The Wedding Singer wisely decides not to pander to the lowest common denominator, and in doing so, actually comes out very smart, funny, and sweet. Egad! I wish Sandler would get offered more material like this, cause I could actually spend more time talking about fun, charming movies (as opposed to him adopting a kid and teaching him how to hurt people on rollerblades… *I* rollerblade!!!). There were, admittedly, some moments where he skates the line between nice guy and the screaming idiot routine, but he hemmed it in before it got to me.

The fact that the whole movie is a throwaway ’80s running gag doesn’t interfere with a darned thing. Sure, you could tell the story in a contemporary mode (with the possible exception of Billy Idol’s cameo at the end) and set it in the ’90s, but it’s a guilty pleasure to be distracted with the big hair, retro music (and there’s a TON of that), and funny clothing. Is it required? No. Is it fun? Yep.

Another thing that makes Singer great is the wide selection of background ’80s bigshot wannabe characters. The brother in law who wears Michael Jackson’s trademark silver glove and red leathers (and, by the way, is a white Italian looking dude). The Madonna-inspired girlfriend. The OH-so Don Jonson bastard groom. The scarily good Boy George impersonator (who doesn’t know when to stop singing). Throw in some great character actors in the background just playing wierdos/bank executives, and you have some great action playing quietly in the shadows that just can’t be missed.

To make a long story short, I went into this with hopeful but decidedly low expectations. I came out of it with a new respect for Adam Sandler’s potential and some sore ribs. Score a copy and check it out!

He’s sad about his haircut.


  • Cameos from Steve Buscemi, and SNL vets Kevin Nealon and Jon Lovitz.
  • If you do or don’t like 80s music, the two soundtracks to this movie are ESSENTIAL to your collection. There are two Sandler originals, “Somebody Kill Me” and “I’ll Grow Old With You”. Throw in such hits like “White Wedding”, “Blue Monday”, “My Own Private Idaho”, “Every Little Thing She Does Is Magic”, and “Love Stinks”, and you have a great start (or capping) to your 80s collection.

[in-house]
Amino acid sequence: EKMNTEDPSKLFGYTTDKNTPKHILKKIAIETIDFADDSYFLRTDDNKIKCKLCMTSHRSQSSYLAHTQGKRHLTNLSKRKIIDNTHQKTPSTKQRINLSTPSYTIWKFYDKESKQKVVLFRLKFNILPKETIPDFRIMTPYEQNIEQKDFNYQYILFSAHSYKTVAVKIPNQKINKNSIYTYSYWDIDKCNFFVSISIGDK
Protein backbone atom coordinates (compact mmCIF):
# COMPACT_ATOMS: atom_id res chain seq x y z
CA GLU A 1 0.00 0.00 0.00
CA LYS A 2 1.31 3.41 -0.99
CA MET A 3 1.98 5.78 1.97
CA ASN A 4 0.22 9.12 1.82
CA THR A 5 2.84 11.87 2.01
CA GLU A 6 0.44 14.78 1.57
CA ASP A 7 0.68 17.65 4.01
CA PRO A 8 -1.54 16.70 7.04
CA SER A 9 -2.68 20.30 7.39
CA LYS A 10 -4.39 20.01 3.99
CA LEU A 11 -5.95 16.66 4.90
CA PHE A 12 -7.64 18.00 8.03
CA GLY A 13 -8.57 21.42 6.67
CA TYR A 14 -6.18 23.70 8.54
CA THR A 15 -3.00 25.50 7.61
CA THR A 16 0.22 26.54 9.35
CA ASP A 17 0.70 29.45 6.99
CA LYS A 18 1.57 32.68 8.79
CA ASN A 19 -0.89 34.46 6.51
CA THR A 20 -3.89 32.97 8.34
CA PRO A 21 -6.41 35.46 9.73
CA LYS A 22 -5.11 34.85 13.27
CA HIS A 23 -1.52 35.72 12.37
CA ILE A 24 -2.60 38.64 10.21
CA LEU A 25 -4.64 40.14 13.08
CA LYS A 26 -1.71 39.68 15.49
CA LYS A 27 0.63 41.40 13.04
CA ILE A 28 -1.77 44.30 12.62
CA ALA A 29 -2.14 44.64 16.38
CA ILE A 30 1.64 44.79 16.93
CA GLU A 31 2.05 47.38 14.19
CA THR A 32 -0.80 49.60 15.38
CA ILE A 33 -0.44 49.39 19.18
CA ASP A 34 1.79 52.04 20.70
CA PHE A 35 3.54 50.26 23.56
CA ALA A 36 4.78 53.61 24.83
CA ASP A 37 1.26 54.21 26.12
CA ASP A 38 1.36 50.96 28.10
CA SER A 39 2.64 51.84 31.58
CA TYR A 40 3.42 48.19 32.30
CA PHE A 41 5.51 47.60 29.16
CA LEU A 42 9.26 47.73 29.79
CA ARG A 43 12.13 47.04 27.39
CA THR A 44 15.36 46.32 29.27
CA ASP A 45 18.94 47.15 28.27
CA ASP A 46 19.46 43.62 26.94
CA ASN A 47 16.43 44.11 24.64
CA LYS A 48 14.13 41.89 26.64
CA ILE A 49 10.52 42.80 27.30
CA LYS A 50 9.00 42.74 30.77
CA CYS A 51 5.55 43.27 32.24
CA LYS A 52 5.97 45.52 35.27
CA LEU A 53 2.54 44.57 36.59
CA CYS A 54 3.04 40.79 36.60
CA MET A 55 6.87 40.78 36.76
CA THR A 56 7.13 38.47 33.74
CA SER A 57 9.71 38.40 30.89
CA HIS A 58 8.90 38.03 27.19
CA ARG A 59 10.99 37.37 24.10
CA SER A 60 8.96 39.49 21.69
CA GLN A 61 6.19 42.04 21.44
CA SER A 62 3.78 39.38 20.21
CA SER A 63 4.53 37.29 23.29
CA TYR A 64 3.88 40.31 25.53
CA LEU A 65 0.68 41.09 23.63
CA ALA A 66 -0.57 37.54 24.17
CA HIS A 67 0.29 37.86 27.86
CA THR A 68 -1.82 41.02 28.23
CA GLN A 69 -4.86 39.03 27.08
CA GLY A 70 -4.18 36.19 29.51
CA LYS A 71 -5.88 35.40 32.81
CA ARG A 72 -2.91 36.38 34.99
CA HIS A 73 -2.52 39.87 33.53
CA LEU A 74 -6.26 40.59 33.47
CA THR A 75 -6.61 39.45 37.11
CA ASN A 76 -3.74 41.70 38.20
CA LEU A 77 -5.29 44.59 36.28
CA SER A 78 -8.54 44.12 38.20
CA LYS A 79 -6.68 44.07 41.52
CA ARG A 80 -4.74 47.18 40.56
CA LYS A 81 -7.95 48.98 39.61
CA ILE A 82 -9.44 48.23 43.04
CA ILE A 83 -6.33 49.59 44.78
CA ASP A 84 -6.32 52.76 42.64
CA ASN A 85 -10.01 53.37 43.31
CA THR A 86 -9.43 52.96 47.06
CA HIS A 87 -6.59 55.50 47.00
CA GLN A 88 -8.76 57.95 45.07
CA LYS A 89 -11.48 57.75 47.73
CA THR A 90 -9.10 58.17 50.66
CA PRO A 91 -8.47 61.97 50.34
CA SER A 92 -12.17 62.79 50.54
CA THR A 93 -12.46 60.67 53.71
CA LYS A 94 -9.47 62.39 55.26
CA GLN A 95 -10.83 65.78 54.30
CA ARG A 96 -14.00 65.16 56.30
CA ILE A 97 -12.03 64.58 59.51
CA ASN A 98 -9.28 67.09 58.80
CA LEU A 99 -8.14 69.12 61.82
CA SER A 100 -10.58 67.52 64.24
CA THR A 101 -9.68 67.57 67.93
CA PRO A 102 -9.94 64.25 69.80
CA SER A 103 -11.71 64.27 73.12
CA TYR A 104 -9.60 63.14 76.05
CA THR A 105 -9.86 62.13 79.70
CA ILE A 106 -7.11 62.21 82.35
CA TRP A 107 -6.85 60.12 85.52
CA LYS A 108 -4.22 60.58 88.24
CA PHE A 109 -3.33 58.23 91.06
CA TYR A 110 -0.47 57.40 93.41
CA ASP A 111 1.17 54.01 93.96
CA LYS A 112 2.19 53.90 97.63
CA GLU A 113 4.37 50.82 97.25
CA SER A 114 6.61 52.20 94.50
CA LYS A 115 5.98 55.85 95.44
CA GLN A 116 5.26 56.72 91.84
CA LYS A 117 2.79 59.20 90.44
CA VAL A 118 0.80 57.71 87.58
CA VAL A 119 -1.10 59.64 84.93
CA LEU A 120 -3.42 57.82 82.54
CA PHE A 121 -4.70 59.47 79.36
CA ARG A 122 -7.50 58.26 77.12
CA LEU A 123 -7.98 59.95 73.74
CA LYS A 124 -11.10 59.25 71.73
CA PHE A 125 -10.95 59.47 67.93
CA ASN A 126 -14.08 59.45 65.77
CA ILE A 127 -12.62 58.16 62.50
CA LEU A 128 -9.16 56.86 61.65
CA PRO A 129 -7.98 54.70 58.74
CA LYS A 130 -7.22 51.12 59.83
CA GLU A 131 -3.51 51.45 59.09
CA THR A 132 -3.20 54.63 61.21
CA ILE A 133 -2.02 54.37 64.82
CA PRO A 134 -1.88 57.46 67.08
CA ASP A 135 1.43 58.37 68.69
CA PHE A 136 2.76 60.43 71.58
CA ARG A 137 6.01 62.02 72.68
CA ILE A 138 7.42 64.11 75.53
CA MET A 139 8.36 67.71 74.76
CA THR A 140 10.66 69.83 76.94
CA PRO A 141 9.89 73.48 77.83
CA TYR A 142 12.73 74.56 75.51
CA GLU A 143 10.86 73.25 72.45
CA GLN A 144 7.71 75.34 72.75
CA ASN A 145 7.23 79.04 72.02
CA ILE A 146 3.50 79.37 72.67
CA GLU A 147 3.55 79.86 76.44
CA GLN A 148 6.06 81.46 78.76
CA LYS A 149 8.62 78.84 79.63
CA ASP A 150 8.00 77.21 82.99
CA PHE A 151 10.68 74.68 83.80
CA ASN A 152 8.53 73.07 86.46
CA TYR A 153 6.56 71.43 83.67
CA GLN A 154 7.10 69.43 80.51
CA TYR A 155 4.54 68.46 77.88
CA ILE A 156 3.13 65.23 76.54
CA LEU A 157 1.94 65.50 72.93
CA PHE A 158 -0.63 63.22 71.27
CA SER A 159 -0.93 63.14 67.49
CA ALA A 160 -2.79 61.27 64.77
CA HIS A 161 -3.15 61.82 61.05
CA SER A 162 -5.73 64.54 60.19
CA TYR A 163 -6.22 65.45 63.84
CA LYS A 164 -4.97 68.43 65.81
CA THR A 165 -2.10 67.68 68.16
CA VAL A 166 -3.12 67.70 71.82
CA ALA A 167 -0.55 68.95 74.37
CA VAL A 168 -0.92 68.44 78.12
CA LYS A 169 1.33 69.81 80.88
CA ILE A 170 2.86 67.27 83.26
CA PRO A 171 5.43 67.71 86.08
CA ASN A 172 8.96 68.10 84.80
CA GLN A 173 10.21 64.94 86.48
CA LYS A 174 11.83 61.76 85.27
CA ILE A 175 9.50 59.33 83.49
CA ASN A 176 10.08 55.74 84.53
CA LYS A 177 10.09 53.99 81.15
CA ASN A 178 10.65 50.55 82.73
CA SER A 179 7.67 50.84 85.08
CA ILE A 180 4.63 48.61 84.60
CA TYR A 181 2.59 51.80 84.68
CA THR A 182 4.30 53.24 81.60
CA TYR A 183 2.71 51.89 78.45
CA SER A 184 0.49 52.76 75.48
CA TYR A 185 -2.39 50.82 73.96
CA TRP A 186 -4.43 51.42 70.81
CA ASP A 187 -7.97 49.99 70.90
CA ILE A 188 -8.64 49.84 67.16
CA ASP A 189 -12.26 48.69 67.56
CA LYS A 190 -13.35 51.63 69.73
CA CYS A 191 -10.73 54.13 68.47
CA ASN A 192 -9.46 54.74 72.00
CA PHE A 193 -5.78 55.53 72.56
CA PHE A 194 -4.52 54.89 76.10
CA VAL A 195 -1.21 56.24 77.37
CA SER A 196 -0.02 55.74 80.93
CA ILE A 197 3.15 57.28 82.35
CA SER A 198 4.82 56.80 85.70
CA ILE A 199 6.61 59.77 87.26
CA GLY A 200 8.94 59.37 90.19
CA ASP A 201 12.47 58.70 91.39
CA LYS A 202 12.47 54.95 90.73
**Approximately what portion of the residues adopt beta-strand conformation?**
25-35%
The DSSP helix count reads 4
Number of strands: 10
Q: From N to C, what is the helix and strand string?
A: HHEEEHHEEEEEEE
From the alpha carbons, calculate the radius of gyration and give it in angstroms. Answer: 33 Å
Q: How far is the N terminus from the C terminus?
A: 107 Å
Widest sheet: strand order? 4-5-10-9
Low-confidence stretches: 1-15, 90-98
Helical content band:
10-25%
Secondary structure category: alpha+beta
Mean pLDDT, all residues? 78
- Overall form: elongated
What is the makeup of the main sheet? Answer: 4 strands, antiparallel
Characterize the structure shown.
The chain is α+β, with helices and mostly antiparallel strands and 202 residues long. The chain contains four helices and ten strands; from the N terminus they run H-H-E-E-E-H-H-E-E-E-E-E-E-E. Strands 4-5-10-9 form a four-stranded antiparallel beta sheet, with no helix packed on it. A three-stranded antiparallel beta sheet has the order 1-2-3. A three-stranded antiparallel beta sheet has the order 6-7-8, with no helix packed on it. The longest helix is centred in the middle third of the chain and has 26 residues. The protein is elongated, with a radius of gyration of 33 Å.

• Doing a retro movie lends itself to all sorts of goofs regarding the date of things. For example, the kid that throws up at the first wedding was wearing Z Cavaricci pants which were not available in 1985. Canadian Airlines did not exist in 1985. And J.R. was shot on Dallas in 1980, not 85.
  • Winner of our own Mutie award in 1999 for ‘Best Musical Number’

Groovy Quotes:

Man: We’re paying you to sing, not share your thoughts on life!
Robbie: Well I have a microphone and you don’t… so you will listen to every damn word I have to say!

Julia: Not porno tongue, church tongue.
Holly: Church tongue, I like that.

Robbie: When I put my mind to something, I go all the way. I’ll go all the way for you, sir. I’m a big fan of money. I have a little. I keep it in a jar on top of my refrigerator. I wanna put more in that jar. That’s where you come in.

Robbie: Now please get out of my Van Halen T-shirt before you jinx the band and they break up.

Robbie: Some of us will never ever find true love. Take, for instance…me. And I’m pretty sure that guy right there. And that lady with the sideburns. And basically everybody at table nine.

Rosie: When I got married, I wasn’t a virgin. I already had intercourse with eight men. That was a lot back then. That would be like 200 today.

Robbie: Well, we’re living in a material world, and I’m a material girl. Or Boy.

Robbie: Remember, alcohol equals puke equals smelly mess equals nobody likes you!

If you liked this movie, try:

  • Happy Gilmore
  • The Waterboy
  • 50 First Dates